Do we all have the potential to kill?

“Yes, we can round all of us up and in four weeks train us into fighting machines that go to war. We have known this throughout history. We all have the potential to kill. It’s been documented in warfare. Good people with a conscious will be trained to pull the trigger and have no sense of remorse. Propaganda can change our minds and completely change our behavior. Again: it’s not just biology.”

Do you have more sympathy for criminals now than before your research?

“Yes I do. For four years, I I worked in a maximum security prison. Learning about the early factors that increased their chances of becoming criminals made me feel more sympathetic and empathic towards them. Even though they’ve done terrible things.

“At the same time, I’ve also been a victim, in 1989, while on vacation in Turkey, I was attacked by a burglar who attempted to cut my throat. He almost succeeded. After that I just cared about myself and not at all about the person who committed the crime. I thought his throat should be cut too, an eye for an eye. All of us probably recognize that feeling. This need for revenge can be explained from an evolutionary standpoint. If we hadn’t been hitting back when hit, we wouldn’t have survived as a species.”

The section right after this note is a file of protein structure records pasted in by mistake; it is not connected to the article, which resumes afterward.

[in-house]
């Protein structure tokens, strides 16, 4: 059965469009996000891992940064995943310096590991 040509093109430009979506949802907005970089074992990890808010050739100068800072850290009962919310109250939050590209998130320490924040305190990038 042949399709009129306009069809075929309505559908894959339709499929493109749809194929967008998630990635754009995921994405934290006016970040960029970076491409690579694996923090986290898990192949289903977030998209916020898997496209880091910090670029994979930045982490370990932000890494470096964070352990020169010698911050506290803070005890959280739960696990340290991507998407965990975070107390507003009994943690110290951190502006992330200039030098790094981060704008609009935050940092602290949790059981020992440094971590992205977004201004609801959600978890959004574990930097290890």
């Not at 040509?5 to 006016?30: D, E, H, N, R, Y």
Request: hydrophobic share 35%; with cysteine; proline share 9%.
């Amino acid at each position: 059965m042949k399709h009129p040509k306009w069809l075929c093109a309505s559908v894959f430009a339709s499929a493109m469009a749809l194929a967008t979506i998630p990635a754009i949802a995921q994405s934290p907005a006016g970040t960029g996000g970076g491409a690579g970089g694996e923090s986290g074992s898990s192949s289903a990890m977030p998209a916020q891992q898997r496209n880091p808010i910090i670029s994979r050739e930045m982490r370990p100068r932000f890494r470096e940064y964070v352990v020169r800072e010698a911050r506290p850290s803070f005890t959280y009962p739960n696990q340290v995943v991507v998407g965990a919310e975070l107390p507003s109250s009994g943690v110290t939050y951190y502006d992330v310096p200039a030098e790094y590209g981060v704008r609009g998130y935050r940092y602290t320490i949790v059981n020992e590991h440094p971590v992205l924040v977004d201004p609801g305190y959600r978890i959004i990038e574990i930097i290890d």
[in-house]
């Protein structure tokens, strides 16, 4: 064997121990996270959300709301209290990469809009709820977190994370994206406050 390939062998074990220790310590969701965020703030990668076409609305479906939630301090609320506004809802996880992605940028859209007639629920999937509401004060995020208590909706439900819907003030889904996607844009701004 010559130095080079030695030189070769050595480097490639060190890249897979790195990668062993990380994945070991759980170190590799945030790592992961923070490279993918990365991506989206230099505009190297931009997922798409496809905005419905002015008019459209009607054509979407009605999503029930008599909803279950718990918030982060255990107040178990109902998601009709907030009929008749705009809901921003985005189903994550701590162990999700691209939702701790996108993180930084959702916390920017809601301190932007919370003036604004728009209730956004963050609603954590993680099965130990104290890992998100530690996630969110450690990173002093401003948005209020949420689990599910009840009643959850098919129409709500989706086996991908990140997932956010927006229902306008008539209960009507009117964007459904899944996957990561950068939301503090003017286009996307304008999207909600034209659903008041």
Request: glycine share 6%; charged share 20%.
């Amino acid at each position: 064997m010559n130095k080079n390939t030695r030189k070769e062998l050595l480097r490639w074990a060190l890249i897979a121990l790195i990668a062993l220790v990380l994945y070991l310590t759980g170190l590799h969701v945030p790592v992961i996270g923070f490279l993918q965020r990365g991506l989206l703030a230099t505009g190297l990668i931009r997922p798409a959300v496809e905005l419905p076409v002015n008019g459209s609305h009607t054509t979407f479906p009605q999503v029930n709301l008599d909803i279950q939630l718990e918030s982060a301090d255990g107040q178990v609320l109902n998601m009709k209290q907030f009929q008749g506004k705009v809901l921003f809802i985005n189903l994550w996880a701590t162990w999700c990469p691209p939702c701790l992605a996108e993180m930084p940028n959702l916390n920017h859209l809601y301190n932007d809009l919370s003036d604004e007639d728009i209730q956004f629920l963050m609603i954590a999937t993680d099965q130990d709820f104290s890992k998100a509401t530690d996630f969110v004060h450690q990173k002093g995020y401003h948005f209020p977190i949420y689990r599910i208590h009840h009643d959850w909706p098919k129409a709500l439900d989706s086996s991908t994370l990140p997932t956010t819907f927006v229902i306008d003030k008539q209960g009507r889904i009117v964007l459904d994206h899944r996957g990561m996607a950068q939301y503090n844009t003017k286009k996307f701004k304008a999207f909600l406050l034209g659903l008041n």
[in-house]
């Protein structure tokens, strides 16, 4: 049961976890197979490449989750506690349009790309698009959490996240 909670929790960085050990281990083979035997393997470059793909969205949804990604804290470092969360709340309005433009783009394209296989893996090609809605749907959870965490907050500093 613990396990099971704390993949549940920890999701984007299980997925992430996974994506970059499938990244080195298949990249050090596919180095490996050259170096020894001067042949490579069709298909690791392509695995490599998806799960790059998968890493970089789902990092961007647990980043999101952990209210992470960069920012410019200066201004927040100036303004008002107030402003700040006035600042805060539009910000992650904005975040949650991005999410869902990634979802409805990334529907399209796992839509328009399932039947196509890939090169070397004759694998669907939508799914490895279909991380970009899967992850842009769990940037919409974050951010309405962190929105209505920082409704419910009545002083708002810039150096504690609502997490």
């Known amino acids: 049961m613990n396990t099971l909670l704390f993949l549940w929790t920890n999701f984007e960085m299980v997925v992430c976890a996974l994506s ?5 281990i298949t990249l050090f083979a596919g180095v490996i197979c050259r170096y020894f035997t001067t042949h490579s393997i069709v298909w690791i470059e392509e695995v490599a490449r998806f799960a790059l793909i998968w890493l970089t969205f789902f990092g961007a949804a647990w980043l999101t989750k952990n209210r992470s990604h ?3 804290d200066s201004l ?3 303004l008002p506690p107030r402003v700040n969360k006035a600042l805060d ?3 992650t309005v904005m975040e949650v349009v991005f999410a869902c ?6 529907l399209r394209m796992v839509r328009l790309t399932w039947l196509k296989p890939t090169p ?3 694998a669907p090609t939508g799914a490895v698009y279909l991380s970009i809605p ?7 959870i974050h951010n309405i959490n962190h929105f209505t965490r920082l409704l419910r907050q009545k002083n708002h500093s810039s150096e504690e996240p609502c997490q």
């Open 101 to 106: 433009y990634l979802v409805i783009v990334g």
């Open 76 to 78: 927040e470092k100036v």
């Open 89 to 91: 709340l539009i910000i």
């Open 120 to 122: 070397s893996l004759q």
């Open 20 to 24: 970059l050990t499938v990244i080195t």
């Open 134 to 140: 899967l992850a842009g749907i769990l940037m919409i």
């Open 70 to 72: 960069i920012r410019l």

Do you still hold a grudge against that person?

“He received a prison sentence, that made me very happy. But time is a great healer. Assuming he had these early risk factors that made him more likely to commit this act, well, then I would now feel some compassion for him.

“But maybe there’s also such a thing as just being evil. That you actually choose to commit a criminal act, even when you have no risk factors. Maybe. If you believe in free will, you have to believe that’s possible. So what do we do with these people then? They’ve got no excuse. Should they be punished more severely than those with early risk factors for crime which were beyond their control? I’m still not sure.”

Gepubliceerd op United Academics